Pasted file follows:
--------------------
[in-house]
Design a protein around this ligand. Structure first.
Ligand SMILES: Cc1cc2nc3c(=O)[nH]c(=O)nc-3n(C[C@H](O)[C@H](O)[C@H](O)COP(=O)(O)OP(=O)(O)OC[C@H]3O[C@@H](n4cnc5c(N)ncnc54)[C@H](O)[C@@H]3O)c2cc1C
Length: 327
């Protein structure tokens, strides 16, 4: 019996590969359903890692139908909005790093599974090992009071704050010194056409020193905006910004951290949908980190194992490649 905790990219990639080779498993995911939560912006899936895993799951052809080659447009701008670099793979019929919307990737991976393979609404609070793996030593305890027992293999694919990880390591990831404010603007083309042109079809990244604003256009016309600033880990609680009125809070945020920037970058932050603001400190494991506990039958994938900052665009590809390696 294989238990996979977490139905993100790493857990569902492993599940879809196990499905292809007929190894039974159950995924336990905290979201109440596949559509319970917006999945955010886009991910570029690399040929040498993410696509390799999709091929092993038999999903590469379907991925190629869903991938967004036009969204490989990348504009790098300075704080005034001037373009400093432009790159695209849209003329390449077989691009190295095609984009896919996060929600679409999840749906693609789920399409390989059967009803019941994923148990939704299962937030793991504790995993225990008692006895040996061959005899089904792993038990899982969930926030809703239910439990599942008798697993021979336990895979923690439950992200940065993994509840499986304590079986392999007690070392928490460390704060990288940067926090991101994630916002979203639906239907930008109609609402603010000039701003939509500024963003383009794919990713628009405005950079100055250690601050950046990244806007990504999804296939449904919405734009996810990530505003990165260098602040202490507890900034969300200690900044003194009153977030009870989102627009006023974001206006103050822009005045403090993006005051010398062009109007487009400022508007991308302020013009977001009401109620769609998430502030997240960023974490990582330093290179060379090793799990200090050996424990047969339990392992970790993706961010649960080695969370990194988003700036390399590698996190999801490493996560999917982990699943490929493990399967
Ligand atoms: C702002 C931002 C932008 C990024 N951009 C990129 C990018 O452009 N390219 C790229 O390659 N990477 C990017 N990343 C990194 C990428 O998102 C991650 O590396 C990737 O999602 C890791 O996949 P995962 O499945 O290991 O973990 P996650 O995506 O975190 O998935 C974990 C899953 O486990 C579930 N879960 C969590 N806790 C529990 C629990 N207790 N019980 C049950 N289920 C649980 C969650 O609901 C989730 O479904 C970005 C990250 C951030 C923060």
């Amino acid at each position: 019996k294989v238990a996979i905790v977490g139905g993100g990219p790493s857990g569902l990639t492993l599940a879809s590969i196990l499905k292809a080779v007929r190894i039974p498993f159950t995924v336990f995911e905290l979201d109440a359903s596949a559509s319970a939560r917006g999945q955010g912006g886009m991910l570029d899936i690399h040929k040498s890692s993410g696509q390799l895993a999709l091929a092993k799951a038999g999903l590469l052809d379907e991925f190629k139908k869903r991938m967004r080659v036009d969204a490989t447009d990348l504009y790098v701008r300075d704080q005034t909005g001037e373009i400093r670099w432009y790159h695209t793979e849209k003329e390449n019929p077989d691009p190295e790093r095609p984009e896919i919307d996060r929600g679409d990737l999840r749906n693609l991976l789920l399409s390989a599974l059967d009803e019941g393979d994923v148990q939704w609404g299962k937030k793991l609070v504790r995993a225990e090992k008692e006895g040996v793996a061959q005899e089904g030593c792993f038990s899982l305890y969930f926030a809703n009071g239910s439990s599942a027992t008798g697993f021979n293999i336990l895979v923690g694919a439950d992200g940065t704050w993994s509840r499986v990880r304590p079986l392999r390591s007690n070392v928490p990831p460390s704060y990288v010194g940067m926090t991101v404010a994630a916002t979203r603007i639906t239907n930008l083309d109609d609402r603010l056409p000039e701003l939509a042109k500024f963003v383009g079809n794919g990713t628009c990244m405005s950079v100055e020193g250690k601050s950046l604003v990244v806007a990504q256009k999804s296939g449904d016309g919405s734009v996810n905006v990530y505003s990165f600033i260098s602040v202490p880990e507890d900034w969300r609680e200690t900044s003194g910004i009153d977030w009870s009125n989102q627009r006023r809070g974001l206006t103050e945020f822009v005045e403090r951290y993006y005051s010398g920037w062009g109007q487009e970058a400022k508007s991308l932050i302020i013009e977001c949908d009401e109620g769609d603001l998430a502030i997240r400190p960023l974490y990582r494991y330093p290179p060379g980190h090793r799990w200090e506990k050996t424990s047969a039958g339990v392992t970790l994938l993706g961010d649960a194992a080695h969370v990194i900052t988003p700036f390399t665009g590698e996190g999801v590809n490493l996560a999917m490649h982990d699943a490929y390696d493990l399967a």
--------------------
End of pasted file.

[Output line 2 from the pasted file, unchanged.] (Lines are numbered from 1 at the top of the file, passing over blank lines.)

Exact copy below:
Design a protein around this ligand. Structure first.